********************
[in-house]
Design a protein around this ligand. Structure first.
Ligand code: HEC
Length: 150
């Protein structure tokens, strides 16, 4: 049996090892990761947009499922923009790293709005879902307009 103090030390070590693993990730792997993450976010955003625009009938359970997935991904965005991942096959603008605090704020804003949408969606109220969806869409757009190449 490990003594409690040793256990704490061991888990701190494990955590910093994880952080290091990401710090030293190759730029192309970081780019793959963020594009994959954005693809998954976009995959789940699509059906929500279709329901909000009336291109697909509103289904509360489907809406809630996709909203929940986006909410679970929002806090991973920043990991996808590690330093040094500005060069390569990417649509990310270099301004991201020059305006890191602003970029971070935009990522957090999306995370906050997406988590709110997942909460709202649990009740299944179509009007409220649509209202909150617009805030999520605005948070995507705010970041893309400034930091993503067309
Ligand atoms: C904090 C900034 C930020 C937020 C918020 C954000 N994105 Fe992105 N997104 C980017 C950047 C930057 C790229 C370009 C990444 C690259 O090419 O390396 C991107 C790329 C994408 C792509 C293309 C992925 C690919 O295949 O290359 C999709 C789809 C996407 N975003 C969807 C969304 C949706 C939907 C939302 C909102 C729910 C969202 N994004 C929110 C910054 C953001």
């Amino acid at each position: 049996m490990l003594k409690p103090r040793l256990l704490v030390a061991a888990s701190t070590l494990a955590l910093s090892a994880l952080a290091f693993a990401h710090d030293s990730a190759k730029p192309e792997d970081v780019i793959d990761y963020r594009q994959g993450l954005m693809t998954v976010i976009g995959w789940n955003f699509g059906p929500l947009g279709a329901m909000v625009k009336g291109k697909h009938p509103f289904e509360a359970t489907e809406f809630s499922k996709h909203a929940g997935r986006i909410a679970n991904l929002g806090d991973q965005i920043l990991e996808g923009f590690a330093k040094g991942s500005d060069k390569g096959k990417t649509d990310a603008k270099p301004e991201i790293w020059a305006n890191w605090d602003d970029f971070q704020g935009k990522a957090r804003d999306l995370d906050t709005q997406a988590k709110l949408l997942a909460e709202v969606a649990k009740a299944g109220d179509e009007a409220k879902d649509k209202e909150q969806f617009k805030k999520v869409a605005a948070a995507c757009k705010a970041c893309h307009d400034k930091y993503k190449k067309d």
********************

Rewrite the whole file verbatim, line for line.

[in-house]
Design a protein around this ligand. Structure first.
Ligand code: HEC
Length: 150
């Protein structure tokens, strides 16, 4: 049996090892990761947009499922923009790293709005879902307009 103090030390070590693993990730792997993450976010955003625009009938359970997935991904965005991942096959603008605090704020804003949408969606109220969806869409757009190449 490990003594409690040793256990704490061991888990701190494990955590910093994880952080290091990401710090030293190759730029192309970081780019793959963020594009994959954005693809998954976009995959789940699509059906929500279709329901909000009336291109697909509103289904509360489907809406809630996709909203929940986006909410679970929002806090991973920043990991996808590690330093040094500005060069390569990417649509990310270099301004991201020059305006890191602003970029971070935009990522957090999306995370906050997406988590709110997942909460709202649990009740299944179509009007409220649509209202909150617009805030999520605005948070995507705010970041893309400034930091993503067309
Ligand atoms: C904090 C900034 C930020 C937020 C918020 C954000 N994105 Fe992105 N997104 C980017 C950047 C930057 C790229 C370009 C990444 C690259 O090419 O390396 C991107 C790329 C994408 C792509 C293309 C992925 C690919 O295949 O290359 C999709 C789809 C996407 N975003 C969807 C969304 C949706 C939907 C939302 C909102 C729910 C969202 N994004 C929110 C910054 C953001």
């Amino acid at each position: 049996m490990l003594k409690p103090r040793l256990l704490v030390a061991a888990s701190t070590l494990a955590l910093s090892a994880l952080a290091f693993a990401h710090d030293s990730a190759k730029p192309e792997d970081v780019i793959d990761y963020r594009q994959g993450l954005m693809t998954v976010i976009g995959w789940n955003f699509g059906p929500l947009g279709a329901m909000v625009k009336g291109k697909h009938p509103f289904e509360a359970t489907e809406f809630s499922k996709h909203a929940g997935r986006i909410a679970n991904l929002g806090d991973q965005i920043l990991e996808g923009f590690a330093k040094g991942s500005d060069k390569g096959k990417t649509d990310a603008k270099p301004e991201i790293w020059a305006n890191w605090d602003d970029f971070q704020g935009k990522a957090r804003d999306l995370d906050t709005q997406a988590k709110l949408l997942a909460e709202v969606a649990k009740a299944g109220d179509e009007a409220k879902d649509k209202e909150q969806f617009k805030k999520v869409a605005a948070a995507c757009k705010a970041c893309h307009d400034k930091y993503k190449k067309d």